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Ottawa Citizen >> 'This makes a big difference': Proposed low-income OC Transpo pass coming in 2017

Ottawa residents who live at or below the poverty line may soon qualify for cheaper rides on OC Transpo.

A proposed new low-income pass would offer eligible riders a deep discount on the monthly adult general pass if they live at or below Statistics Canada’s low-income cut-off of approximately $20,000 or less a year for individuals, or an annual income of $38,000 for a family of four.

Ottawa Citizen City Hall Blog >> Nussbaum scheduled to speak at transportation conference in Seattle

Rideau-Rockcliffe Coun. Tobi Nussbaum is apparently becoming a coveted speaker outside of Ottawa.

He’s off to Seattle later this month to speak at the National Association of City Transportation Officials’ “Designing Cities” conference. He’ll be sharing his insights during a session called Paving the Way for Safe Streets: The Role of Political Leadership. Read more >

Ottawa Citizen >> Nussbaum's planning presentation during conference irks some at city hall

A councillor’s presentation at a national conference partially highlighting the perceived dark sides of municipal planning has raised eyebrows in some offices at Ottawa City Hall.

Rideau-Rockcliffe Coun. Tobi Nussbaum delivered a presentation called Fixing the 5 ‘i’s’ of Planning Failure during a Canadian Institute of Planners conference in Quebec City in July. 

Parklet opens on Beechwood (Michelle Nash Baker, Ottawa East News)

A new attraction has popped up on Beechwood Avenue.
The official grand opening of the Quartier Vanier’s Water Garden a parklet in front of Auturo’s restaurant at 49 Beechwood Ave. took place on June 10.
The water garden is designed by Carleton University students and has a canopy that will collect water and disperse it into a self-watered planting system.

Shelves emptying fast at city’s food banks (Michelle Nash and Jennifer McIntosh, Ottawa East News)

The cupboards are bare at the Heron Emergency Food Centre – and it's not the only food bank in this city that is suffering based on an increased need as Syrian refugees living on social assistance can’t make ends meet.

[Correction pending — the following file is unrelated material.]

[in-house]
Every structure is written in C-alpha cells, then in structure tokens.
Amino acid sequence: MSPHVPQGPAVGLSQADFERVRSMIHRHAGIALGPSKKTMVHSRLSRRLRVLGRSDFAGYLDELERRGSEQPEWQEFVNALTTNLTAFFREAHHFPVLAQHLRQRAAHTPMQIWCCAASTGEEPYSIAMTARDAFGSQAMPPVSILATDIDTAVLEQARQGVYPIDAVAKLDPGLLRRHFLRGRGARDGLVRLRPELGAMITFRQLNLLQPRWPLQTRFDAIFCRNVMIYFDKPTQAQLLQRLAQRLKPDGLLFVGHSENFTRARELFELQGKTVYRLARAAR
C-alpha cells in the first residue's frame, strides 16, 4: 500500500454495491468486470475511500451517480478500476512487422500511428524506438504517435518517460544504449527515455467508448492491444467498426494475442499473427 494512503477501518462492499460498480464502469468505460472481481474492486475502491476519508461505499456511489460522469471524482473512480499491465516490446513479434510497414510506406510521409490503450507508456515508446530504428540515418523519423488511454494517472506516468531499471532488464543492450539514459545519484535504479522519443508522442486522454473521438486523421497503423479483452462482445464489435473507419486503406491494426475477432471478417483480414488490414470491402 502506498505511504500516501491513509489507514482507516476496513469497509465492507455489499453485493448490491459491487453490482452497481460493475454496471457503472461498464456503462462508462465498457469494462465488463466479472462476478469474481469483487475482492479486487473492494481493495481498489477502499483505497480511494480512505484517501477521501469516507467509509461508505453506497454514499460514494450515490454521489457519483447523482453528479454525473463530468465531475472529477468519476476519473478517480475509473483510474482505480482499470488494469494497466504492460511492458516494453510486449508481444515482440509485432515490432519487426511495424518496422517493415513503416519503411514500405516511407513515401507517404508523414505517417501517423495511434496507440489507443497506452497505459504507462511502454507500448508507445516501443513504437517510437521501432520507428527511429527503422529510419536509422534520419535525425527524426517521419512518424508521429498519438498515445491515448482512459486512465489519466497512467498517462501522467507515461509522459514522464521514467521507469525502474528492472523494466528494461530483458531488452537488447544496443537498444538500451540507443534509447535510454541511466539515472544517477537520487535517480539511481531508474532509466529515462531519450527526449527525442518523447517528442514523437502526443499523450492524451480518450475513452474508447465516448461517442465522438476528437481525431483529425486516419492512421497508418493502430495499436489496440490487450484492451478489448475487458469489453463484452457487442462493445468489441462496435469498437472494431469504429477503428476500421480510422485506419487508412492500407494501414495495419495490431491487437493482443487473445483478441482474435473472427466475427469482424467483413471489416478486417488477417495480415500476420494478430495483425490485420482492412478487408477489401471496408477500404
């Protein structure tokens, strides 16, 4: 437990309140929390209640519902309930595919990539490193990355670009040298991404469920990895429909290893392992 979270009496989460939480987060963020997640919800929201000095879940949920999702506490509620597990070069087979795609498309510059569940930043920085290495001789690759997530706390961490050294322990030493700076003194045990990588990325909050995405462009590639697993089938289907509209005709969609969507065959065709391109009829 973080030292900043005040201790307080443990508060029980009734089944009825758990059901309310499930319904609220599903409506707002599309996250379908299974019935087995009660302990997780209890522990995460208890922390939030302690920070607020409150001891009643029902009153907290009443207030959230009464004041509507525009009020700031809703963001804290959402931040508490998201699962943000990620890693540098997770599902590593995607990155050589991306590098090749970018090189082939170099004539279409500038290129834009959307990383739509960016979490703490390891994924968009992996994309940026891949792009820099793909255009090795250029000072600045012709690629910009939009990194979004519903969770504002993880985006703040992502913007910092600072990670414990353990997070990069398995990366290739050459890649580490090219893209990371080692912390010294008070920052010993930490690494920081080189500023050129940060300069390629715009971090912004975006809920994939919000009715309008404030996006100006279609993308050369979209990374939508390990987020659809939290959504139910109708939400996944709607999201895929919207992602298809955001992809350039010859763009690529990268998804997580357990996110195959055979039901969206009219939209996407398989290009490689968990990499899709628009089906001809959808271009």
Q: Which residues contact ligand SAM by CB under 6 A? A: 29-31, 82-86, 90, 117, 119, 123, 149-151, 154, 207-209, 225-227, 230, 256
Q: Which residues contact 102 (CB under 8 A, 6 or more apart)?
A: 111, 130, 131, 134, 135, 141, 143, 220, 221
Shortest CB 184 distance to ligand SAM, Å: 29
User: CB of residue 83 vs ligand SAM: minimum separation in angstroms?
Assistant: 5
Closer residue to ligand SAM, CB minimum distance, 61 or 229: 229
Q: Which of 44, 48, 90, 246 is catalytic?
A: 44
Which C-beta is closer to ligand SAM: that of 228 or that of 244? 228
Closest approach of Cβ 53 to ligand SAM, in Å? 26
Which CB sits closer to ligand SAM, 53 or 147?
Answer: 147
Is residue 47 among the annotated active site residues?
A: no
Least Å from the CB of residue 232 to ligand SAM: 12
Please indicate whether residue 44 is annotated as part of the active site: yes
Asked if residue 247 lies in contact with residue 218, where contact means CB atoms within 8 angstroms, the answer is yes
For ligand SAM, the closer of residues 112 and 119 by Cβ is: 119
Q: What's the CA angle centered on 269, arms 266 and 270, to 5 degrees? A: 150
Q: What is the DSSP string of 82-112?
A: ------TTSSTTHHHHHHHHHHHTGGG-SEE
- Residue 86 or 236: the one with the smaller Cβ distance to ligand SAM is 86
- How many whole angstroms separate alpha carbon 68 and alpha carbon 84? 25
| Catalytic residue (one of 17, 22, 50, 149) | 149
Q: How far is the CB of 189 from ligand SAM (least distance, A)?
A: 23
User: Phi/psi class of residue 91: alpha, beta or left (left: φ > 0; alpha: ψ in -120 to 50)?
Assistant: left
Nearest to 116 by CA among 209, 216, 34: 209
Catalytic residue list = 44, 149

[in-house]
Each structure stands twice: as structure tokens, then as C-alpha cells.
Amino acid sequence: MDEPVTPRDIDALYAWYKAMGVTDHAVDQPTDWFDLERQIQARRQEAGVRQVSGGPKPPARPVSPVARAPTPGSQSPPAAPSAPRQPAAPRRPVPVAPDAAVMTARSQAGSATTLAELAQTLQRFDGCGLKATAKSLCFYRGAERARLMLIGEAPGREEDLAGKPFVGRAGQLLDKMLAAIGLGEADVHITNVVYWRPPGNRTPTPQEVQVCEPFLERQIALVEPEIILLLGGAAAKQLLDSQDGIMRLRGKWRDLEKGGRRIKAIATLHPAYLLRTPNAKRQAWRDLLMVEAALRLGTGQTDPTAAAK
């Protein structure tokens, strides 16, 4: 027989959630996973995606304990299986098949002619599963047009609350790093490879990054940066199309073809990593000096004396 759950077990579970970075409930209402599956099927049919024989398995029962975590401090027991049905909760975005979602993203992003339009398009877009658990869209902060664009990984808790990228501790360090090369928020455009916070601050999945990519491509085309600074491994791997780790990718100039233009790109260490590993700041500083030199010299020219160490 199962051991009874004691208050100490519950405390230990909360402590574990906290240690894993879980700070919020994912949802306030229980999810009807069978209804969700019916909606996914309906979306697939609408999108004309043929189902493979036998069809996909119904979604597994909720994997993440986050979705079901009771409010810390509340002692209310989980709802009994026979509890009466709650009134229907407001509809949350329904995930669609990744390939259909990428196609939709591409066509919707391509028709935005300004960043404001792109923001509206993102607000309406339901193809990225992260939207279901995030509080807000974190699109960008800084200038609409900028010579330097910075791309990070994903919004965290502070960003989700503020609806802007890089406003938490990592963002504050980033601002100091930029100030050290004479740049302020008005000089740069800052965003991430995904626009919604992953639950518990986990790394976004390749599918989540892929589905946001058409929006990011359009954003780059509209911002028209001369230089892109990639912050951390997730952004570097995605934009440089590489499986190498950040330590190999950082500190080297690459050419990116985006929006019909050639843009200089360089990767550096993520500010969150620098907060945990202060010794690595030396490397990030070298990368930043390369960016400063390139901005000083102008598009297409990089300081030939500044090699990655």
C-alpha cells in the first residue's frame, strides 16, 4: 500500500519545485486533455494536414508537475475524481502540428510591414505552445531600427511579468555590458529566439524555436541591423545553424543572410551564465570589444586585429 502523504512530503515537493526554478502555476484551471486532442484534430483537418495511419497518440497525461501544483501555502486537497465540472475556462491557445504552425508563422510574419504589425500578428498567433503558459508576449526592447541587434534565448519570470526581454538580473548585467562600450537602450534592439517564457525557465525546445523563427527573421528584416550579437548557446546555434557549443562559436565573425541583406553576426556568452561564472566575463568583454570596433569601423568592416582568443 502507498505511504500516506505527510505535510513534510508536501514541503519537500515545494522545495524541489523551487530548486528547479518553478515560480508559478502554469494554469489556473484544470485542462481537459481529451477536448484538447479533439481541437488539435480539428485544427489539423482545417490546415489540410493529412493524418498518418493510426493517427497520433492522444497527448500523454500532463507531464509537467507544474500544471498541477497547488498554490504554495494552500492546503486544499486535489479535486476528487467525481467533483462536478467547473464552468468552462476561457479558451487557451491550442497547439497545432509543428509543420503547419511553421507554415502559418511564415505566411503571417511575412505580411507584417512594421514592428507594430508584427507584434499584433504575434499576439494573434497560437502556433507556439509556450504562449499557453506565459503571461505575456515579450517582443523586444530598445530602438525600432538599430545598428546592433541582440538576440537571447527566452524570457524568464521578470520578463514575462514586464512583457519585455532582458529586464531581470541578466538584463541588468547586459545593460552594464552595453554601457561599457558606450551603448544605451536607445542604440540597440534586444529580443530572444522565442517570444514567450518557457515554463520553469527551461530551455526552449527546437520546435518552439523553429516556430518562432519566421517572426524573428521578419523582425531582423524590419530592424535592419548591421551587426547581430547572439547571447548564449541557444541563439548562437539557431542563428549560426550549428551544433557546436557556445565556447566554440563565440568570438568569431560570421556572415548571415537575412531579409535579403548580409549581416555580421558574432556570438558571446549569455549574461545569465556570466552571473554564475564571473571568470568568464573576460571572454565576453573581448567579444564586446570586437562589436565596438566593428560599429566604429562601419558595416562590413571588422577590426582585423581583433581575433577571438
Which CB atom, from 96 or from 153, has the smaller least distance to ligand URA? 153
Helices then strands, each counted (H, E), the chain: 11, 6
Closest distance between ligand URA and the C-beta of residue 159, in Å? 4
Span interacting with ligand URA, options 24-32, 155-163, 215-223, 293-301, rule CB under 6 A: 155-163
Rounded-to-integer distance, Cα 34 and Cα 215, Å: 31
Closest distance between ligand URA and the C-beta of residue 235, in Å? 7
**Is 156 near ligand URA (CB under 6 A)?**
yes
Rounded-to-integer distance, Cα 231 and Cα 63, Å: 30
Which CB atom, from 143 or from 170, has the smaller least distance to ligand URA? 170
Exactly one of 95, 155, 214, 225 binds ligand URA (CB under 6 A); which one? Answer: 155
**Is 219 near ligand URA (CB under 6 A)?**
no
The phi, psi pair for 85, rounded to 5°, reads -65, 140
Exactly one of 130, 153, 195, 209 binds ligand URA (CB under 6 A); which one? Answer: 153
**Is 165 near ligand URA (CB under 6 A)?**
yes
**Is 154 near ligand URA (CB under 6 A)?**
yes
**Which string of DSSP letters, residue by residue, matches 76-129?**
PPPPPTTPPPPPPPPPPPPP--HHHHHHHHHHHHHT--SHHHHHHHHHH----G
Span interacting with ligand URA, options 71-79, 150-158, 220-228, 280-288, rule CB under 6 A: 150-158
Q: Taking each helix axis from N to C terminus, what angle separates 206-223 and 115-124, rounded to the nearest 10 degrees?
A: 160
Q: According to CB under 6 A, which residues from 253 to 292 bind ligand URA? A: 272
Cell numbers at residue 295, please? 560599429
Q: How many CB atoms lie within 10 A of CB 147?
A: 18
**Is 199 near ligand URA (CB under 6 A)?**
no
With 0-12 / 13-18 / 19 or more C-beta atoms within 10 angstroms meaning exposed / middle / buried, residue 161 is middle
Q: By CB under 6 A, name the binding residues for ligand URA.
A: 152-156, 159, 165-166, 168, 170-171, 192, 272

Louisa Simms, head of the food centre, said that in February and March the centre – at 1480 Heron Rd. – served 684 Syrian refugees.

Simms said they were completely unprepared for the influx of refugees.

“We were told they were moving to buildings on Donald (street),” she said. “We didn’t really expect to see the demand here.”

Community works together to address crime (Michelle Nash, Ottawa East News)

In the wake of police charging five men in relation to what was Ottawa’s first homicide of the year, the community’s focus remains on working together.

Mohamed Najdi, 28, was killed at the Yule Manor Co-operative on Claremont Drive in Manor Park in what police said was a targeted gang-related shooting on January 10. Najdi was a known gang member with prior charges and did not live in the area, according to police.

Recap of the Ottawa city council debate on legalizing Uber (Kate Porter, CBC News)

After a marathon 18-hour session of feedback and debate at the committee level, a plan to update Ottawa's taxi regulations and to licence ride-hailing companies lands at full city council Wednesday.

Like many cities, Ottawa has been grappling for months with how to deal with the arrival of app-based Uber, and to craft regulations for such ride-hailing companies, while taking into account the upstart's effect on the traditional taxi industry.

Now, a step ahead of Toronto, Ottawa city council is expected to approve regulations Wednesday that should take effect Sept. 30.

City council should squirm over province's decision to let councillors ban corporate donations (David Reevely, Ottawa Citizen)

The province is going to let Ontario’s cities ban corporate and union campaign contributions and use a new kind of ballot for their next elections, if they want.

This could, and should, make life uncomfortable for a lot of Ottawa politicians.

Municipal Affairs Minister Ted McMeekin announced the plans Monday. The first idea arrives in Ottawa nearly dead: city councillors, who collectively get a whole bunch of money from corporations especially, overwhelmingly rejected even asking for the power to stop them last year, because obviously the system works fine.


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